Welcome to the first week of Crypto Review! I am a College student and Crypto enthusiast and will be taking a look at 10 cryptos over the next 10 weeks. Today we will be looking at Monero.
Monero is a privacy coin designed to be fast, decentralized, and secure. Monero allows its users to spend funds privately and anonymously, without a public ledger informing the world of the receiver, sender, or amount sent for any given transaction. Monero enables its users to “be their own bank” and puts them in control of their financial wealth.
Monero was originally created in 2015. It gained popularity on the dark web initially and developed a cult following, rising quickly to almost 500 dollars in value per token during the bull run of late 2017. It survived the bear market of 2018 and has been steadily rising this current bull run, with its current price sitting at $209.79 at the time of this writing.
Many of the Monero developers go by screen names, and it is no surprise that the developers of a privacy coin would want to keep their lives private as well. Monero’s core development team consists of the following individuals:
Ricardo “Fluffypony” Spagni
Franciso “ArticMine” Cabanes
Monero is still being developed, with more updates planned for this year and the near future. We will go into those later.
Monero’s coin economics are different than bitcoin’s, for those of you who are familiar with BTC. Although both are proof of work coins, each has different mining algorithms. Monero’s RandomX algorithm is ASIC resistant – forcing users to mine it using a CPU. The idea behind this was to encourage a wider distribution of the hash rate beyond large mining facilities.
Another key difference is that Bitcoin has an immutable coin limit – 21,000,000 – that will ever be created and mined. This presents several upsides and downsides that we won’t go into here, however, Monero takes a different approach. The Monero team plans to create 18.4 million tokens and put them into circulation. After that, Monero will be emitted onto the network at a linear rate of 0.3 XMR/sec. This will create an asymptotically flat inflation rate. The Monero dev team has said this is to incentivize miners to continue mining – thus ensuring the continued security of the network.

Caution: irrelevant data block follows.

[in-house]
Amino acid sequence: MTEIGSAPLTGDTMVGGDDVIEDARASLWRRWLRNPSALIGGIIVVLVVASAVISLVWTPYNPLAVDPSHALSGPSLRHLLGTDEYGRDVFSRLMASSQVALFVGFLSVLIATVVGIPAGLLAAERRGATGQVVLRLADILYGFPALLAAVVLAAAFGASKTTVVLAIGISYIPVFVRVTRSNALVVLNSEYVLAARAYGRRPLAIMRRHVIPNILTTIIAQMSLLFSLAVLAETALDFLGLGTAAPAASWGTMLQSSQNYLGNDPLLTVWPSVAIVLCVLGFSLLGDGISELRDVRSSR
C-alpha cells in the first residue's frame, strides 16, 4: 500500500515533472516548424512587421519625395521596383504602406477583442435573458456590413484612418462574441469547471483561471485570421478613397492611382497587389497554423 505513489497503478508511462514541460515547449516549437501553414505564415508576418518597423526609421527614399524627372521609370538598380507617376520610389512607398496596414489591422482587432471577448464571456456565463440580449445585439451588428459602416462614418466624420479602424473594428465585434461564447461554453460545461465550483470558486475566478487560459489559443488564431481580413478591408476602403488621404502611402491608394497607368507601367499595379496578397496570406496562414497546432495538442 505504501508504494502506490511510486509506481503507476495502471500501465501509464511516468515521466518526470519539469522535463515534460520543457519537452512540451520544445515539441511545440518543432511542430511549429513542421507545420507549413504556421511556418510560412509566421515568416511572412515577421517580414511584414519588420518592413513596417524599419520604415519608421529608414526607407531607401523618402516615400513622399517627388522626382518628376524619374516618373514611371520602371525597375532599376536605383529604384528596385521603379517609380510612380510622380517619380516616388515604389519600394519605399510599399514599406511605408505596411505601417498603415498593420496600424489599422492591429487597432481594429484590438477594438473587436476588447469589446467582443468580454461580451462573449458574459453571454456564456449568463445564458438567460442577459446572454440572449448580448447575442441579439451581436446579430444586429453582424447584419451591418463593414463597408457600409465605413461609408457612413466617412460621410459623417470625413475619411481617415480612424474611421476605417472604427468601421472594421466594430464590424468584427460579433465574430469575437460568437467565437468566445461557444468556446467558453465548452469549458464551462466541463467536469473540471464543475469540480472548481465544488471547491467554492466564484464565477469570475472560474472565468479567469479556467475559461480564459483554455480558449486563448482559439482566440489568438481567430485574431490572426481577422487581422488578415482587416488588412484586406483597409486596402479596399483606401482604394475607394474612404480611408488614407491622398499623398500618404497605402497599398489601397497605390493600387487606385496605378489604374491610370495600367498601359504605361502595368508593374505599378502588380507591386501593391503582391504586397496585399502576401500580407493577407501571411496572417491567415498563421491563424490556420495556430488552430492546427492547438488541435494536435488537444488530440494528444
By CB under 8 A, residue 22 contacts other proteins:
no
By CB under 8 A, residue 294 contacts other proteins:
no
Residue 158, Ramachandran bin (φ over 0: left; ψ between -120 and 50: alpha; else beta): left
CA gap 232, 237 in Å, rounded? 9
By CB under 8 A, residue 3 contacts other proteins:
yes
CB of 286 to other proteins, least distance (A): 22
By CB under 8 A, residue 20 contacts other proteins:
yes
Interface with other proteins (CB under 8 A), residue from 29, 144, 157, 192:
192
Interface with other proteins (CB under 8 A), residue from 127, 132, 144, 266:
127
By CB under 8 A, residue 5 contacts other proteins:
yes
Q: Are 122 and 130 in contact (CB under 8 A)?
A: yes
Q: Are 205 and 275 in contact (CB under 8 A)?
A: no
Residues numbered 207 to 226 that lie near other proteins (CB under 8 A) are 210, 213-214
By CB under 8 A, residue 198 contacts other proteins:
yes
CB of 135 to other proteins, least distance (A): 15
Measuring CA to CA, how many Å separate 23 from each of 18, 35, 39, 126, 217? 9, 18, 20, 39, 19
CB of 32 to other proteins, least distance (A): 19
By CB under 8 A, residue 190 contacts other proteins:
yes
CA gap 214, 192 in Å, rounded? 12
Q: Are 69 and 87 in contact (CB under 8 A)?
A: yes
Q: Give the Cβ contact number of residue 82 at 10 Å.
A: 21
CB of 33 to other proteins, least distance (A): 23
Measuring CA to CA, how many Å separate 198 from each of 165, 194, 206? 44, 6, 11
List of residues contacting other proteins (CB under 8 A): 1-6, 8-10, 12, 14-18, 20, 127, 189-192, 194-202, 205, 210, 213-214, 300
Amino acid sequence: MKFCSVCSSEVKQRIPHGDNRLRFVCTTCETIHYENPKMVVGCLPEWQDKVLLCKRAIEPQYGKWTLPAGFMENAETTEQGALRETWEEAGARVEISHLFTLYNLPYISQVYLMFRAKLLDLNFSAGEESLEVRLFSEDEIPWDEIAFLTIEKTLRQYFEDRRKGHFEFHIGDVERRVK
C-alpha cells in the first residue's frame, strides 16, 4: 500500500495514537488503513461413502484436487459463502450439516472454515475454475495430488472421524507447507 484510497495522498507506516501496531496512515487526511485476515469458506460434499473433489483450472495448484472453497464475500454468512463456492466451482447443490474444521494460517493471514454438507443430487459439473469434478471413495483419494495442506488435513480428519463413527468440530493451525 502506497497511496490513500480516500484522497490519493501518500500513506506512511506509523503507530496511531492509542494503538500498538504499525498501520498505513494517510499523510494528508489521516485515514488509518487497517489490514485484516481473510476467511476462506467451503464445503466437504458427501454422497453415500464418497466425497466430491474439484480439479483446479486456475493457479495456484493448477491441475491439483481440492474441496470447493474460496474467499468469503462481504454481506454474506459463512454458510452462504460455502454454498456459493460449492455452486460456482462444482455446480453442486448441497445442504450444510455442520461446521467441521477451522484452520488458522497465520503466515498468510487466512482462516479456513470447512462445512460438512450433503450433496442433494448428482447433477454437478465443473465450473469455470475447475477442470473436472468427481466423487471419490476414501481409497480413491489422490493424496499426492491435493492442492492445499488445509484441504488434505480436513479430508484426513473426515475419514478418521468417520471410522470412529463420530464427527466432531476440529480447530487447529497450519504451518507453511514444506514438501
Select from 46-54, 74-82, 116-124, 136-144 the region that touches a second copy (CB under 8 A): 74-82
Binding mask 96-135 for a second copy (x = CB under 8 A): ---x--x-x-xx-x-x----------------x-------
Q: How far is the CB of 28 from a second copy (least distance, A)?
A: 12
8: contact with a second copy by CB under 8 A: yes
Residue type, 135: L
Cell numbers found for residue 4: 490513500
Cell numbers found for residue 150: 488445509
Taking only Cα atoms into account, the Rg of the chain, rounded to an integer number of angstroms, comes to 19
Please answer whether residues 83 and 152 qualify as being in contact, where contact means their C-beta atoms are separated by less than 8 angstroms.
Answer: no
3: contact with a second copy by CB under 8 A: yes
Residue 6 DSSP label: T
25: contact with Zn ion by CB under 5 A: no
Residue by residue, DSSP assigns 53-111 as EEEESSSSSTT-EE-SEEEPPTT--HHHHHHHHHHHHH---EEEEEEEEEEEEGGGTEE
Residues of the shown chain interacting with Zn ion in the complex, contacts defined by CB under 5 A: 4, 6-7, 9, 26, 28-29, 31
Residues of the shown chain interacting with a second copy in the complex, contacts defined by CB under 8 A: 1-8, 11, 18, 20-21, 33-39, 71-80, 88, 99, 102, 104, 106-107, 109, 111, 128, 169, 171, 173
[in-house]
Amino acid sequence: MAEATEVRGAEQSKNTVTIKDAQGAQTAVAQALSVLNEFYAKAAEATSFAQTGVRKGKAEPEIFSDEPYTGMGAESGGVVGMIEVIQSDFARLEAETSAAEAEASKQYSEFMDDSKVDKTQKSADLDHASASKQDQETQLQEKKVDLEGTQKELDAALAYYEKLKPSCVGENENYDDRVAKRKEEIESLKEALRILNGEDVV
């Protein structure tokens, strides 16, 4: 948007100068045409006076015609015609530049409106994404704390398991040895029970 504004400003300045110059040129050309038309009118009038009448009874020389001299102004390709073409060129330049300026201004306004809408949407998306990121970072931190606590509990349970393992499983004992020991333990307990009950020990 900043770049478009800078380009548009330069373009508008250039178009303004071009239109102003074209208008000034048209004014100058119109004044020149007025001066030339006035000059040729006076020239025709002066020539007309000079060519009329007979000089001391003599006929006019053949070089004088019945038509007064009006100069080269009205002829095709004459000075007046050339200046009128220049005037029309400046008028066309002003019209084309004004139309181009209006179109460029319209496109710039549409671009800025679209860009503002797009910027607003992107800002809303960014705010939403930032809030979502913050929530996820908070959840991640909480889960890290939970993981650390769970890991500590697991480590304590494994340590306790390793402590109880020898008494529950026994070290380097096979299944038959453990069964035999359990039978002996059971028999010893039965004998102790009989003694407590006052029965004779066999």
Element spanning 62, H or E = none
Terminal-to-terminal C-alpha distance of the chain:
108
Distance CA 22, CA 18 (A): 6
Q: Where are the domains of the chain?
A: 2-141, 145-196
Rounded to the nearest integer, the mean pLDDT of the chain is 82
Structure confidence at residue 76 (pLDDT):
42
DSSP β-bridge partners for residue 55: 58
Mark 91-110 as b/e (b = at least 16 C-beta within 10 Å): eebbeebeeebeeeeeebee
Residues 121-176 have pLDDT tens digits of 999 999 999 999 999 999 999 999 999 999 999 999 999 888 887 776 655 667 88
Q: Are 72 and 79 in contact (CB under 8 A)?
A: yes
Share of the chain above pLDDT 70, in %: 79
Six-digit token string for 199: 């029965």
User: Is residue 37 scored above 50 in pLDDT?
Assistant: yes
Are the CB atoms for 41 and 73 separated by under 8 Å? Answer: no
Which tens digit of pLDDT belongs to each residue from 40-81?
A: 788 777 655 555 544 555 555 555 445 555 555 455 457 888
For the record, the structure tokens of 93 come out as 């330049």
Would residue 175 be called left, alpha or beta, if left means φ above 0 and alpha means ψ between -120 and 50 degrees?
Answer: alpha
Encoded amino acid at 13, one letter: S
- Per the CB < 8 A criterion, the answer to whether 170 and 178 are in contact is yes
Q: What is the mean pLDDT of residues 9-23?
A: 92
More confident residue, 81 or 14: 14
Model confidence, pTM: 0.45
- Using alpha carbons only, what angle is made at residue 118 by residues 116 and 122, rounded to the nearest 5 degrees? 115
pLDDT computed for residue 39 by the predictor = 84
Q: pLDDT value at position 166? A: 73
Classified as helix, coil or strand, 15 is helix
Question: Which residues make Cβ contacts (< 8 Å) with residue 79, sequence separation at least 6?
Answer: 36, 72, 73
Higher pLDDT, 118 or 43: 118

Monero also does not have halvenings. Instead, it decreased its emissions consistently as time goes on.
Now for the big question. How does Monero ensure user privacy? It does this in several ways.
Monero uses RingCT (Ring Confidential Transactions) to ensure user anonymity when sending money to another user. Explaining the hard details of how it works is beyond the scope of this post – if you are interested in the hardcore research I will post this link for you https://www.researchgate.net/publication/311865049_Ring_Confidential_Transactions
To hide receiver identities – Monero uses stealth addresses. These addresses are automatically generated for single use and create a public key on behalf of the recipient, acting almost as a “burner address.”
To hide the amount sent – Monero uses bulletproofs. This is a complex cryptographic concept to break down, but if you’re interested you can read more on it here - https://blockonomi.com/bullet-proofs/
Between these features, Monero is able to remain private and untraceable.